The influence of nurse allocated triage category on the care of patients with sepsis in the emergency department: A retrospective review

Alexandra Nevill, Lisa Kuhn, John Thompson, Julia Morphet

Research output: Contribution to journalArticleResearchpeer-review

Abstract

Background: ‘Gold standard’ sepsis care encompasses the recognition and treatment of sepsis within one hour of emergency department (ED) presentation. Early treatment of patients with sepsis reduces mortality. The aim of this study was to examine the effect that the nurse allocated Australasian Triage Scale (ATS) Category allocation had on ED patient treatment for severe sepsis and septic shock. Methods: A two-year retrospective observational cohort study from a single major metropolitan ED, including all patients with severe sepsis or septic shock. Results: Sixty patients were included in this study. Sepsis was recognised at triage for the majority of patients (n = 38, 63%), and most were allocated an ATS Category Two (n = 39). Almost half of the patients received all elements of the sepsis bundle within one hour of arrival (n = 27,45%). Patients allocated an ATS Category One or Two had a shorter time to lactate collection (p = 0.003), blood culture procurement (p = 0.009) and intravenous antibiotic administration (p = 0.021) compared with patients who were allocated ATS Category Three or Four. Conclusions: Most patients presenting with sepsis were recognised by the triage nurse and allocated a high acuity ATS category accordingly. As sepsis is a time-critical condition and a high acuity triage allocation reduces time to treatment, we recommend all Australian EDs should implement a standard approach to sepsis triage by allocating an ATS Category of One or Two to all patients suspected of having sepsis, thus reflecting the urgency of their disease.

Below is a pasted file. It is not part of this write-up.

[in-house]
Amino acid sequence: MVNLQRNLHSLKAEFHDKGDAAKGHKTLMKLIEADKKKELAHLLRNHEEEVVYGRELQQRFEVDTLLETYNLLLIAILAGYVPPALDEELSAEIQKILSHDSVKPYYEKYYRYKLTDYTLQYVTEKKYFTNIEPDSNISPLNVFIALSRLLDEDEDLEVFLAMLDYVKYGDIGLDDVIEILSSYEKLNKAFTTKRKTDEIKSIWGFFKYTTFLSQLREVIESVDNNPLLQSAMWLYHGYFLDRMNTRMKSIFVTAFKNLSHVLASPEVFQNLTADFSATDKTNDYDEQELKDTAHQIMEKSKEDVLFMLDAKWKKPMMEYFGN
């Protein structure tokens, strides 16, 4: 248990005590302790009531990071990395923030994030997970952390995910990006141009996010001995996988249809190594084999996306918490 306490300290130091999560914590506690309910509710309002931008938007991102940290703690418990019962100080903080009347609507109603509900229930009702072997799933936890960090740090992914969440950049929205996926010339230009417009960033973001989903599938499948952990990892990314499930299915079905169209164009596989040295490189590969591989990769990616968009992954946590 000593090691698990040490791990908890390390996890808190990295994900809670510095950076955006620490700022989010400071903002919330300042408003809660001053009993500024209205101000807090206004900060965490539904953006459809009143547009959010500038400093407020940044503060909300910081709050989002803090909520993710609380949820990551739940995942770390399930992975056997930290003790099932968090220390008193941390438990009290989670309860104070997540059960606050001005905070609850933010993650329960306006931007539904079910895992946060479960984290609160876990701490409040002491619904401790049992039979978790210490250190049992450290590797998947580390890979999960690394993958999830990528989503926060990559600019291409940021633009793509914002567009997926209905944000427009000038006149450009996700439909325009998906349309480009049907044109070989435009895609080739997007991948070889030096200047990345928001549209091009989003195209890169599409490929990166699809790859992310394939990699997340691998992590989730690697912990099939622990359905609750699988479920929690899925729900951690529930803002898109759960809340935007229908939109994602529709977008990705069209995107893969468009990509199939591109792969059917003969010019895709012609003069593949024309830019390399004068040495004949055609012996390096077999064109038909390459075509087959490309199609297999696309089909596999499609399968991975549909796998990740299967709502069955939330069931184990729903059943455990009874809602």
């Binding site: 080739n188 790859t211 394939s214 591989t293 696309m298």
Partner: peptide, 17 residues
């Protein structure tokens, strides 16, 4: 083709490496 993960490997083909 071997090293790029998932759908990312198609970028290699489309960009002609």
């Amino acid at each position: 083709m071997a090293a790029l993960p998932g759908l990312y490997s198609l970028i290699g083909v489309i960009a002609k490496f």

Original languageEnglish
Number of pages6
JournalAustralasian Emergency Care
DOIs
Publication statusAccepted/In press - Oct 2020

Keywords

  • Emergency department
  • Nursing
  • Sepsis
  • Treatment
  • Triage

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